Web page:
There may be nothing especially novel about using an expert system to configure a complex product, to ensure that an order both meets the needs of the customer and is correct from a technical standpoint. However, what is novel in this particular case is that the approach that was taken to configuring was also designed to assist manufacturing. 

A typical configuration system leads the user through a sequence of choice making stages, from which the specification for a correctly configured product is produced. In the case of the trailer configurer, Inference effectively reversed this process. A ’standard’ trailer is defined from the answers to a very few basic questions – typically only 5 questions are needed. The full specification of the ’standard’ trailer is then displayed, at which point the customer is able to alter any aspect of the trailer’s specification until completely satisfied. Throughout this second phase, the alterations are supervised by the configuring rules to insure that the changes being made are both valid and consistent with other options chosen. 

As well as the obvious benefit of correctly configured orders, the initial step of offering a ’standard’ configuration avoids a long sequence of questions before any tangible results appear. Then allowing the customer to alter any aspect of the specification enables him to order precisely the trailer he wants, even to experiment with alternatives. At the same time, it avoids wasting time over aspects of the specification that do not concern the particular customer, leaving the defaults of the standard trailer unchanged.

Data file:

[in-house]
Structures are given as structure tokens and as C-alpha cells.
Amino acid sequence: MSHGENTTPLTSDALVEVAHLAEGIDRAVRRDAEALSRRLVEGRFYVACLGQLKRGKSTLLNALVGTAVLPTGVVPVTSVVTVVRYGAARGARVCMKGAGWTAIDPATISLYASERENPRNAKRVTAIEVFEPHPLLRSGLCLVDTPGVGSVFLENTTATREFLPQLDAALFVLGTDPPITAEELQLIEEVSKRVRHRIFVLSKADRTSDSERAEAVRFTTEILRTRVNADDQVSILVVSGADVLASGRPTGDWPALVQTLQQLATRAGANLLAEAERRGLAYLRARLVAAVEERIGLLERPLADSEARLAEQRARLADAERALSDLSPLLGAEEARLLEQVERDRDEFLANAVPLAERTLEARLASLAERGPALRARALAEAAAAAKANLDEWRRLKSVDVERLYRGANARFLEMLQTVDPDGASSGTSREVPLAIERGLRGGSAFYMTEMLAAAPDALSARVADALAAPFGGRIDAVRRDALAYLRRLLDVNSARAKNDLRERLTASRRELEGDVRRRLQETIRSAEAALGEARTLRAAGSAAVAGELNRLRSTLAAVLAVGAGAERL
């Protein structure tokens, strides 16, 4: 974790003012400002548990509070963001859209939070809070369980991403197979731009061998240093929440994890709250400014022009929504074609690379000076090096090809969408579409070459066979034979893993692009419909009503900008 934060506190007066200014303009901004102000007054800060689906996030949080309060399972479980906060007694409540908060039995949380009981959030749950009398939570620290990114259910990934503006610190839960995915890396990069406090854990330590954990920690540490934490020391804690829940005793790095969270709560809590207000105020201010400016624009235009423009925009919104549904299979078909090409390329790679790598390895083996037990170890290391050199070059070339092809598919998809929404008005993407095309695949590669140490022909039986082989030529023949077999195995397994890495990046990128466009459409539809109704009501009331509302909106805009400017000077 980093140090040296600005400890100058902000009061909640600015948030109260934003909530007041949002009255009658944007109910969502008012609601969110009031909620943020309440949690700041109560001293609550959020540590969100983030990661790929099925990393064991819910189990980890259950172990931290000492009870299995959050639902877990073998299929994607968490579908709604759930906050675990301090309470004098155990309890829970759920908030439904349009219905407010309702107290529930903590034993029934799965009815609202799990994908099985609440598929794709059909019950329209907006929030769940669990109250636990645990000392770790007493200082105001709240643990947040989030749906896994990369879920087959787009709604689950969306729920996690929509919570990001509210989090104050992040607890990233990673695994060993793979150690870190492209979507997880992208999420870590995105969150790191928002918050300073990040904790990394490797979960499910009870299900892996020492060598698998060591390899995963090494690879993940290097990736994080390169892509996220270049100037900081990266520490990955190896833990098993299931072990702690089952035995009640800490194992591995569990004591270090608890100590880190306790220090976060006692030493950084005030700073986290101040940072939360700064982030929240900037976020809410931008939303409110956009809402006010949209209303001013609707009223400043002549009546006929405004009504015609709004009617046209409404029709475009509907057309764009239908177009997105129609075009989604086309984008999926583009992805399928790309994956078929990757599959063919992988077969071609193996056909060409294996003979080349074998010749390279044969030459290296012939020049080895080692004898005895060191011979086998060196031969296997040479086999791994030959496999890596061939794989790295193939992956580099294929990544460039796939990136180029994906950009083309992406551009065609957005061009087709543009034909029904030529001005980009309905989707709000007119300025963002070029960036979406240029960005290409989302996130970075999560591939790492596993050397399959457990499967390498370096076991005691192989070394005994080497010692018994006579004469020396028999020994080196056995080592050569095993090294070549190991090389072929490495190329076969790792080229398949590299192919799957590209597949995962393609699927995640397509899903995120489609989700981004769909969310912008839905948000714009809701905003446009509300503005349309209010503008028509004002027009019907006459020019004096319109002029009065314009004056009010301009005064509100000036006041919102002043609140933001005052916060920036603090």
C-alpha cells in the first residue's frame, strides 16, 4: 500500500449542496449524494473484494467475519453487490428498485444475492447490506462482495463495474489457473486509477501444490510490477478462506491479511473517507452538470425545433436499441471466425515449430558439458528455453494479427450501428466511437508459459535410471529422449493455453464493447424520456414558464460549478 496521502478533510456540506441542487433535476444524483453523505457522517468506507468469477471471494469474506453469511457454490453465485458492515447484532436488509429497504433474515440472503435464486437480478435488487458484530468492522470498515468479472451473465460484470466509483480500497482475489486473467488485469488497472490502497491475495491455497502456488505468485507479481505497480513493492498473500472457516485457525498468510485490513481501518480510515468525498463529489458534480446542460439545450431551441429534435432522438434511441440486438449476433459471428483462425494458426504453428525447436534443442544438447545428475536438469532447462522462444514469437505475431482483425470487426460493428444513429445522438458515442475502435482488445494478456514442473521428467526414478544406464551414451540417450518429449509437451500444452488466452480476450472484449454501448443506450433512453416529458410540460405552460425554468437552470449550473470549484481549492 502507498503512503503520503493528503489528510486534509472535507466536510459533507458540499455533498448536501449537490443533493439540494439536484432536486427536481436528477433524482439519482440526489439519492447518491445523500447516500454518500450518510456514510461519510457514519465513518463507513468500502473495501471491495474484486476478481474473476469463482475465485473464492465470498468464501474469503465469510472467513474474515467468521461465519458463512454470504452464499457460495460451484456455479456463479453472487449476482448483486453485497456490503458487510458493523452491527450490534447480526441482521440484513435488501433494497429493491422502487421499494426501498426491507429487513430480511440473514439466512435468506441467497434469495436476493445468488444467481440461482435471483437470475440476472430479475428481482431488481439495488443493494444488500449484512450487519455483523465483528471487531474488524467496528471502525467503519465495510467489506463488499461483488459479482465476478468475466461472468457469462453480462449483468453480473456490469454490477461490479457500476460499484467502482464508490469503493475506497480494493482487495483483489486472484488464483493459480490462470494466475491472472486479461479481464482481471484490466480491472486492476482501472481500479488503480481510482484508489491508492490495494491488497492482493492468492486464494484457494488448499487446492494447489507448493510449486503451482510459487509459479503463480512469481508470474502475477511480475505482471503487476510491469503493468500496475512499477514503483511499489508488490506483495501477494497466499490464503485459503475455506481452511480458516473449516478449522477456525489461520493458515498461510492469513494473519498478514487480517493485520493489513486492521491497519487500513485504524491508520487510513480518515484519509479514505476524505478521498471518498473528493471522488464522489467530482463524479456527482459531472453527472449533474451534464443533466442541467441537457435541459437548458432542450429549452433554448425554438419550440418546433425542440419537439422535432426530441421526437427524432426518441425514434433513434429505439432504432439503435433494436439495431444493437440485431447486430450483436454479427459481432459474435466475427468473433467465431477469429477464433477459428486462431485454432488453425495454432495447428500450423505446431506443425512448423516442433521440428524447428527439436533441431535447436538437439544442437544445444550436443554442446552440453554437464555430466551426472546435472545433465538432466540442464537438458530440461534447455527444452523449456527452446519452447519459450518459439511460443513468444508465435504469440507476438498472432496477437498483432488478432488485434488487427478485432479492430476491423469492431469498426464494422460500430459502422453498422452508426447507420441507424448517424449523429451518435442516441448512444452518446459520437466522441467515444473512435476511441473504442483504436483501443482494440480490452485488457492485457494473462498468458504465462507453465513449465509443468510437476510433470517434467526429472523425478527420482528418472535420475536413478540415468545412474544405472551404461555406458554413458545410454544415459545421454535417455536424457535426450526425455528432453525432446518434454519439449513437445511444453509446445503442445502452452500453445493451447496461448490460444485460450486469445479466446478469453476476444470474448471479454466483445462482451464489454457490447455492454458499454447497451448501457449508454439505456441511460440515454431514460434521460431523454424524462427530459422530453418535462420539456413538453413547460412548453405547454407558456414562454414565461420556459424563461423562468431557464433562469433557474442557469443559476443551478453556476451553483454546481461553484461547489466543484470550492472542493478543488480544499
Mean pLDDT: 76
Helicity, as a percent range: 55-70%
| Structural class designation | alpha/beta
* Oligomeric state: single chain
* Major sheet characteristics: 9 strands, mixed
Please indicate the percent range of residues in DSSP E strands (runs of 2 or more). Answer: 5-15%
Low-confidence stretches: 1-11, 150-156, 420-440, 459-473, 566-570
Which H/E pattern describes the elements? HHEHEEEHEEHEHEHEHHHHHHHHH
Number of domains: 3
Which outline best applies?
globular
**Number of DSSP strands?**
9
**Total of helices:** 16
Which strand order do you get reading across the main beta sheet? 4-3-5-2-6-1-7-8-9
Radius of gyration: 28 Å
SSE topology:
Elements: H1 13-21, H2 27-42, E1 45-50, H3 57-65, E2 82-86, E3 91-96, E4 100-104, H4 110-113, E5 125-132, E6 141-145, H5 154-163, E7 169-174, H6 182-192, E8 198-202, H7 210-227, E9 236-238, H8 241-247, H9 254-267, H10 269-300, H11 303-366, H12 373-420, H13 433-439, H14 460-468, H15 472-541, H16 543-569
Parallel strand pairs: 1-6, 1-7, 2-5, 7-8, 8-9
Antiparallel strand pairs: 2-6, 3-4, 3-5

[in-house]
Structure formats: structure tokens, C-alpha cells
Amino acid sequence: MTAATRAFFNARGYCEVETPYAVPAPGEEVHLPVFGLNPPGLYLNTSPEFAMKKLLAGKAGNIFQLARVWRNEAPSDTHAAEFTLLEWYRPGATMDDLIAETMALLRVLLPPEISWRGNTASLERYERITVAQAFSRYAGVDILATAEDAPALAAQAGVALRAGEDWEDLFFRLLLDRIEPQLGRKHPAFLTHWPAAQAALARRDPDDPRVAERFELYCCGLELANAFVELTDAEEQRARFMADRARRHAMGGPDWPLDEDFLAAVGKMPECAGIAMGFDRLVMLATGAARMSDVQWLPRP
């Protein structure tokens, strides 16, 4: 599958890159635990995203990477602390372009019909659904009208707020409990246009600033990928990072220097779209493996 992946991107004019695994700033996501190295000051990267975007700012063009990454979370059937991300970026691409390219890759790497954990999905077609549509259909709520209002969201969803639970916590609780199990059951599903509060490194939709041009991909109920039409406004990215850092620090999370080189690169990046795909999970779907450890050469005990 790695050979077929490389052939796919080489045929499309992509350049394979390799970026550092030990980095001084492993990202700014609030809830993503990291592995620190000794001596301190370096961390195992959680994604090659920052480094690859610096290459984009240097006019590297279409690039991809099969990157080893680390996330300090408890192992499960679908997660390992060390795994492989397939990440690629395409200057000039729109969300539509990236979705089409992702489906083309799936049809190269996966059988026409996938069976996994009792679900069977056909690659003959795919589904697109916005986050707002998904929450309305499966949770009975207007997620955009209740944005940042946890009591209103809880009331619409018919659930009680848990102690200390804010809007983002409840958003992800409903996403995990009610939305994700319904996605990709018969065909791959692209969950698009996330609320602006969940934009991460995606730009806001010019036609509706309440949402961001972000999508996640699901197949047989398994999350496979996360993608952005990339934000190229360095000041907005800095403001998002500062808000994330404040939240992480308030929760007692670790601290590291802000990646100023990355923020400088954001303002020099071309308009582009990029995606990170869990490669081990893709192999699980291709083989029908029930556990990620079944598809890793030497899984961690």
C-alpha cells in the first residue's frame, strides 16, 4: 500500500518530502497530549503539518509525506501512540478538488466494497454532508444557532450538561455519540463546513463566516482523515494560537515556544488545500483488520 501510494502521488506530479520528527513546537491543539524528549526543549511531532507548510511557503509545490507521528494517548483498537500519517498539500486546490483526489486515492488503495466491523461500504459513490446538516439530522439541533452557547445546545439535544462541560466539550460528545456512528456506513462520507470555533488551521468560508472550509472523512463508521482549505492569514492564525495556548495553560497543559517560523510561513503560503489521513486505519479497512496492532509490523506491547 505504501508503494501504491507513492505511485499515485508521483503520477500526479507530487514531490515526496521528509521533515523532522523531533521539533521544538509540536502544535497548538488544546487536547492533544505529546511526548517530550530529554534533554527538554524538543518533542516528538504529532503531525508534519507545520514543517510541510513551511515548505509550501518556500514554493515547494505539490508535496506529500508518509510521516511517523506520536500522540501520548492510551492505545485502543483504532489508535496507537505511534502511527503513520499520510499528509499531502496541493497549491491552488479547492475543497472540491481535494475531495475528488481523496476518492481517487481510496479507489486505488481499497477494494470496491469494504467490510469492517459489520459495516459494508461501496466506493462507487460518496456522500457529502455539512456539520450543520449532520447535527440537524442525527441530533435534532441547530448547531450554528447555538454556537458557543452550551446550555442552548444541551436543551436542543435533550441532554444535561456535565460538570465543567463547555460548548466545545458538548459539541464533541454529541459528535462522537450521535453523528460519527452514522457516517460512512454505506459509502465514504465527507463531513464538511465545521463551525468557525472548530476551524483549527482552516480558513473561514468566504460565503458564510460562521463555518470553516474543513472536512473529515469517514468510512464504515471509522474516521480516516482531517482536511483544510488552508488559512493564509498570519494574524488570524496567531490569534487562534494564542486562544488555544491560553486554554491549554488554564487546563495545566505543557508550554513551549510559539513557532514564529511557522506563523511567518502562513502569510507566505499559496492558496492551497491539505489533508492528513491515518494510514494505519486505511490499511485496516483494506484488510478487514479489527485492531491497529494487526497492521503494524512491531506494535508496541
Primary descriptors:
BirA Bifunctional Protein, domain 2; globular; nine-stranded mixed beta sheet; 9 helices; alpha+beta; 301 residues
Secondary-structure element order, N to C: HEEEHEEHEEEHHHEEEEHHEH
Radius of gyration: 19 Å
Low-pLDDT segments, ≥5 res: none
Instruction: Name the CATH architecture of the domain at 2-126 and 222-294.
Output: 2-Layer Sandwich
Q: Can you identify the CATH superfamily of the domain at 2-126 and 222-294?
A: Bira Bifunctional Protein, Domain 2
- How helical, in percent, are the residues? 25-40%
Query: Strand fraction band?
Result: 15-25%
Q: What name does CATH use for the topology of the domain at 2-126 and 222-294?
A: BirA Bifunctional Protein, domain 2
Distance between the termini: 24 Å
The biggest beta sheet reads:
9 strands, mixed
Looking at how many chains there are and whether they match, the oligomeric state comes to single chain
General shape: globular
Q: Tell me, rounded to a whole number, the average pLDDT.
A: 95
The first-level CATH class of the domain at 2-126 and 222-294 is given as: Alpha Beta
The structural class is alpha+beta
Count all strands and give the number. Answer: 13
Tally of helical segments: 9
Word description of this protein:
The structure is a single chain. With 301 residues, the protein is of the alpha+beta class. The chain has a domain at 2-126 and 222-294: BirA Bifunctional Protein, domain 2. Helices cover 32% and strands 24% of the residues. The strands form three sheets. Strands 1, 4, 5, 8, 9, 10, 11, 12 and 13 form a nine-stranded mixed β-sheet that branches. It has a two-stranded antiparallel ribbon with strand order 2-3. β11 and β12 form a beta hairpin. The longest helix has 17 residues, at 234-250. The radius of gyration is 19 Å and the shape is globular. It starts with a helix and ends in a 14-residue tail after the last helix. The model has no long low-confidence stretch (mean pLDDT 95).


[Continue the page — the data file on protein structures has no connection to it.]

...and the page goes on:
Once the customer is satisfied with the specification of the trailer, the system prints out the order form with the details of the order. The overall result is much quicker and more accurate specification of orders, with significantly less variation between orders being passed in to manufacturing.

5. Vibration Analysis in Rotating Machines

There are many manufacturing processes that operate 24 hours/day, 7 days/week, with periodic shutdowns for maintenance. Once such process in the food industry suffered from occasional breakdowns on three production critical hammer mills, disrupting production and with consequential damage resulting from the failures.